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OP-ED | Why We Still Need SustiNet

by Ellen Andrews | Apr 26, 2011 1:28pm
(2) Comments | Commenting has expired
Posted to: Opinion

There is a common and troubling misconception among legislators and policymakers the Capitol – that with the passage of national health care reform, health insurance is fixed and SustiNet is no longer needed.

Nothing is further from the truth.  In fact, national health reform makes the need for SustiNet even more critical.

In 2014, under the Affordable Care Act, everyone will be required to secure coverage unless they qualify for a public program. People who don’t qualify for Medicaid and don’t have a decent benefit offer at work will be forced to buy it in the private market.

Historically, the insurance market has been hostile to consumers. The offerings available to my low income clients are so meager, that many are better off putting their money under their mattress. The most rational economic option for them is often to forgo insurance and to pay for doctor visits in cash; if the worst happens, they would then likely qualify for some public or private assistance.

While there are new rules to vastly improve the value of insurance, enforcement is left mainly to stats and our state insurance department has a checkered history of protecting consumers. Regulation, by its nature, is reactive – waiting for something bad to happen and changing rules to react. It is necessary, but not enough to protect people.

And so we get to why SustiNet is so critical. SustiNet will provide a good insurance option – one that covers what insurance should cover, at a reasonable cost. Most important it is a public option, answering to the public not to stockholders and highly paid executives.

SustiNet’s connection to the rest of state health care programs will for the first time allow individuals, usually at a severe disadvantage in the market, to share in the benefits of bulk purchasing and innovations such as patient-centered medical homes and payment reforms to drive down costs.

What makes SustiNet is so scary to its opponents? It is an option, purely voluntary. If it doesn’t work for my clients, they won’t sign up. Because SustiNet provides what people need, it will serve as a rational competitor, keeping the insurance companies honest and raising the bar—improving the system for everyone.

While national reform provides some subsidies and limits on costs to working families, those subsidies and limits will not be enough. . Some consumers will have to spend as much as 20 percent or more of their income on health care.  It is critical that we ensure consumers are not wasting money on insurance that won’t cover what they need when they need it. The private market will not protect consumers – if it did, we wouldn’t have needed health care reform in the first place.

National health care reform is a great start, but the provisions of SustiNet that help individuals and small businesses struggling to find affordable, quality health insurance are critical to making health care reform work for every Connecticut resident.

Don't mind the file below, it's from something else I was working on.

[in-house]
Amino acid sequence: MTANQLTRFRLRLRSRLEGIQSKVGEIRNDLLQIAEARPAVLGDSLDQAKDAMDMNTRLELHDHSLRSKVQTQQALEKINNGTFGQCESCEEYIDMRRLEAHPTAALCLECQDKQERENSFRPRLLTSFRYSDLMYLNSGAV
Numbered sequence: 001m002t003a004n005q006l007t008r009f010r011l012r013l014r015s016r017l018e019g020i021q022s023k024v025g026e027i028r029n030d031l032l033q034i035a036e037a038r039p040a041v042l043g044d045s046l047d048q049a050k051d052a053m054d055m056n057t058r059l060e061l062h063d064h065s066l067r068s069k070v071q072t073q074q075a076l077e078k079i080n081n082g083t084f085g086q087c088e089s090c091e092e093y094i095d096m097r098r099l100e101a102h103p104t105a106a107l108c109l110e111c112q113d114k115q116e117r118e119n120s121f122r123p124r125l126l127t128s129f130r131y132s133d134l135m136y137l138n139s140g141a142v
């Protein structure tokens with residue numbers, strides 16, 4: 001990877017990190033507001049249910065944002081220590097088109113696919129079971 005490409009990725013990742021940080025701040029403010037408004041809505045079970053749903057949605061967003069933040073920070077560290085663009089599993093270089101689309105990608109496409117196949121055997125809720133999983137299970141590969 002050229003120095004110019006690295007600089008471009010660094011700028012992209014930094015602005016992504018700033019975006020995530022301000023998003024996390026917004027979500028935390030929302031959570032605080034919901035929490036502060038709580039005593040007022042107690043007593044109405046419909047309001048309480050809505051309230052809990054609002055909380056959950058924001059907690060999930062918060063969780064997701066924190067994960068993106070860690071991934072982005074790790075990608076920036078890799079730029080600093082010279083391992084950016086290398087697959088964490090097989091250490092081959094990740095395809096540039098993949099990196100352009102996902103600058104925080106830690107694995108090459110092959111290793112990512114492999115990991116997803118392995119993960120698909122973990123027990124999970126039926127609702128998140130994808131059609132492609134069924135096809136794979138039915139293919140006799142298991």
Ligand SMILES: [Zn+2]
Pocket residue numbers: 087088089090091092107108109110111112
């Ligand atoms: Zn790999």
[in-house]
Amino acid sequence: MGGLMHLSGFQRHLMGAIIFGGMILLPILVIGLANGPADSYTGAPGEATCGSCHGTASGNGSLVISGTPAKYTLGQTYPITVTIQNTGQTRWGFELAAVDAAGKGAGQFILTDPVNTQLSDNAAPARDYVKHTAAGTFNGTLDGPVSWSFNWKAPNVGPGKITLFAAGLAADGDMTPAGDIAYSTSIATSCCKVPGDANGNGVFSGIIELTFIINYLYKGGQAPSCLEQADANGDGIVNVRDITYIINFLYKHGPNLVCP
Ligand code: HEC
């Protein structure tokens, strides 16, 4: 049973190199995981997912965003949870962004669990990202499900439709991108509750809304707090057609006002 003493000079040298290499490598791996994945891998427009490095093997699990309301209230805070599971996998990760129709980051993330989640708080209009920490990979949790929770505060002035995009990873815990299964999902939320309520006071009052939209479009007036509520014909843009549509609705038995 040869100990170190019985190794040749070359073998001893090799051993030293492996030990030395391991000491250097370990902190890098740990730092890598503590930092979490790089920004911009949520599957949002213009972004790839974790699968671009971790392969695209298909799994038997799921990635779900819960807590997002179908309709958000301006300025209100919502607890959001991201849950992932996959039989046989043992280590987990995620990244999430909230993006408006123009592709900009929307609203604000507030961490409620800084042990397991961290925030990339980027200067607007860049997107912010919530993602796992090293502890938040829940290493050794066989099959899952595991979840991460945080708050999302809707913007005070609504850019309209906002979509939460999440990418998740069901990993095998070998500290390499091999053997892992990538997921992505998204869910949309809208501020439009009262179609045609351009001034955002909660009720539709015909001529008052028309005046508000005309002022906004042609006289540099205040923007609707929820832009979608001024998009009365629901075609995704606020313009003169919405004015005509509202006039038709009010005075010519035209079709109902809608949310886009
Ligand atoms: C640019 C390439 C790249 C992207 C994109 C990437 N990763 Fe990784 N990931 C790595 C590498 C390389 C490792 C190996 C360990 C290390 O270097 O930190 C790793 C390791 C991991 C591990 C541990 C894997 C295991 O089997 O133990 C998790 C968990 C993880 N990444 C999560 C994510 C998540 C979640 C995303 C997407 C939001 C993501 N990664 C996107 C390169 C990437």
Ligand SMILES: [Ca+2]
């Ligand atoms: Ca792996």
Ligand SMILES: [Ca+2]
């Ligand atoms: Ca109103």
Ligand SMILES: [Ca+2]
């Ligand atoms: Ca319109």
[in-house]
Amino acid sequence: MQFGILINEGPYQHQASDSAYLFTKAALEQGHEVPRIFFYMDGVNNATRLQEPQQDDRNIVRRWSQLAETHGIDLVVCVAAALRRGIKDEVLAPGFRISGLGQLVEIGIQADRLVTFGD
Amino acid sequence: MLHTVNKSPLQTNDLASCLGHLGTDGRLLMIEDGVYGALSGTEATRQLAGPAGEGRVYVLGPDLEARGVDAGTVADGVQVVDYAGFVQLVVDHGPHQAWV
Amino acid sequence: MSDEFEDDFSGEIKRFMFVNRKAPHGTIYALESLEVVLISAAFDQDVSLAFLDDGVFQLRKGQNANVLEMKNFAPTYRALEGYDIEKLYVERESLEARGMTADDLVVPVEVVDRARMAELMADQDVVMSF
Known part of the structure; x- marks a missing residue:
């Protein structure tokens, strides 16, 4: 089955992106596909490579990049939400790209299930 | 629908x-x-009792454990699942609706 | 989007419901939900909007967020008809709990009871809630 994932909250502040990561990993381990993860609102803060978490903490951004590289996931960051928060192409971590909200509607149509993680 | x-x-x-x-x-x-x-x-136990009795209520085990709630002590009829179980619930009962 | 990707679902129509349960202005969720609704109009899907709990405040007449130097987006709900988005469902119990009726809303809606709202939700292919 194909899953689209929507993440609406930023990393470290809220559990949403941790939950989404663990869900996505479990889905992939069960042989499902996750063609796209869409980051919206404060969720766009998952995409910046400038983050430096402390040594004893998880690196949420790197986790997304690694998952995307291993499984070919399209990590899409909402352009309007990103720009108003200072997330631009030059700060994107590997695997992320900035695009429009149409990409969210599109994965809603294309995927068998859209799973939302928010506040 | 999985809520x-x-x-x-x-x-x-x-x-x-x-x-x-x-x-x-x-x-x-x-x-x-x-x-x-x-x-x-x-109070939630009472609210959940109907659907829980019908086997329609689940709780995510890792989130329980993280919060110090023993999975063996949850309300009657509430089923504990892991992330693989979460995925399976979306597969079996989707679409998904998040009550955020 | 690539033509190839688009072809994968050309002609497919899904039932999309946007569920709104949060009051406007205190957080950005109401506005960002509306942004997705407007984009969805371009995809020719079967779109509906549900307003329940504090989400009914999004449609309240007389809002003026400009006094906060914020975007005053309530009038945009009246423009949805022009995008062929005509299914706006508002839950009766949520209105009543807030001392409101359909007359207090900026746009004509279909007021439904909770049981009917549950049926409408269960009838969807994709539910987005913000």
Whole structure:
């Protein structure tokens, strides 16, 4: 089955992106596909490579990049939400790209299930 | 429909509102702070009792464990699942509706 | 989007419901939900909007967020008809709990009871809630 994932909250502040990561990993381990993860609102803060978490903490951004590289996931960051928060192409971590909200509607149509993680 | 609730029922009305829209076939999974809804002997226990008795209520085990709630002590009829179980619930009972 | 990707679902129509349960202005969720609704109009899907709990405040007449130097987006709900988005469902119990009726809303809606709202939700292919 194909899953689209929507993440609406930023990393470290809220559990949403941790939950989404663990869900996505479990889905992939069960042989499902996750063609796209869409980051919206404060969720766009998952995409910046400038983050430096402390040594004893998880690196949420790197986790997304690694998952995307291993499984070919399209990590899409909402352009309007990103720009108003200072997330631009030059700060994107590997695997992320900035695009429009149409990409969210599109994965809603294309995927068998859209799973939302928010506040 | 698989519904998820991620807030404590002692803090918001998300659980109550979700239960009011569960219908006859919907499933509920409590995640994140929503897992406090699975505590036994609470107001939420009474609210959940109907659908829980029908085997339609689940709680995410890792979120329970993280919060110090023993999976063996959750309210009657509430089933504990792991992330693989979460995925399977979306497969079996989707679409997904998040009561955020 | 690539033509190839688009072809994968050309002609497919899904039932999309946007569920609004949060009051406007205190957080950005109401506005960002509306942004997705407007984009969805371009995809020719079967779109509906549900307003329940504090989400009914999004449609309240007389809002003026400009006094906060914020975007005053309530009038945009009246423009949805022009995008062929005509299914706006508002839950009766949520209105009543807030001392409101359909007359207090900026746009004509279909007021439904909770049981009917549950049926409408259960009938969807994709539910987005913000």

Ellen Andrews is executive director of the Connecticut Health Policy Project.

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(2) Comments

posted by: Noteworthy | April 26, 2011  5:30pm

Nobody ever addresses how to pay the massive costs. When S-net was being formulated nobody wanted to discuss cost. In fact many proponents said it wouldn’t cost taxpayers anything. Then the estimates began to arrive none of which were lower than hundreds of millions. Malloy launched a new welfare program in EITC which will cost taxpayers a quarter billion in this budget. Already we are stealing from the transportation fund to support a bulging welfare program which consumes more than a quarter of the budget. Is there ever a point where we say enough already or do we just continue to shrink the private sector middle class and turn CT into nothing but a welfare state?

posted by: hc4all | April 27, 2011  10:20am

YES! Thank you, Ellen! There are so many mixed -and negative- messages out there that even would-be supporters get confused or discouraged. Often I think the things that are *Good* for us, for working people, are the ones we most distrust and fear. Of course I understand why the insurance industry wants to kill the public option piece, but why are regular “joe” small business owners, working and middle class and even lower-income folks scared of this? MOstly because they don’t know enough about it and they’re hearing all these negative and conflicting messages from politicians and the media.
Thanks for being a voice of reason and a moral voice.
SustiNet is all about saving money and controlling costs. NO other plan is addressing this or the 400,000 people who have absolutely no coverage (they are linked to the skyrocketing costs, of course, because they end up in the emergency room with no way to pay and that costs gets put back on all of us). The insurance industry itself admits the current system is unsustainable. Folks want to complain about the poor and about welfare -but at this rate that will be 80% of us before long. Stop falling prey to the divide and conquer. We ALL need care. We ALL deserve good health and when we care for the “Least among us” it benefits us all by strengthening our communities, lowering the financial burden on tax payers, reducing crime rates, and creating a more stable, harmonious society.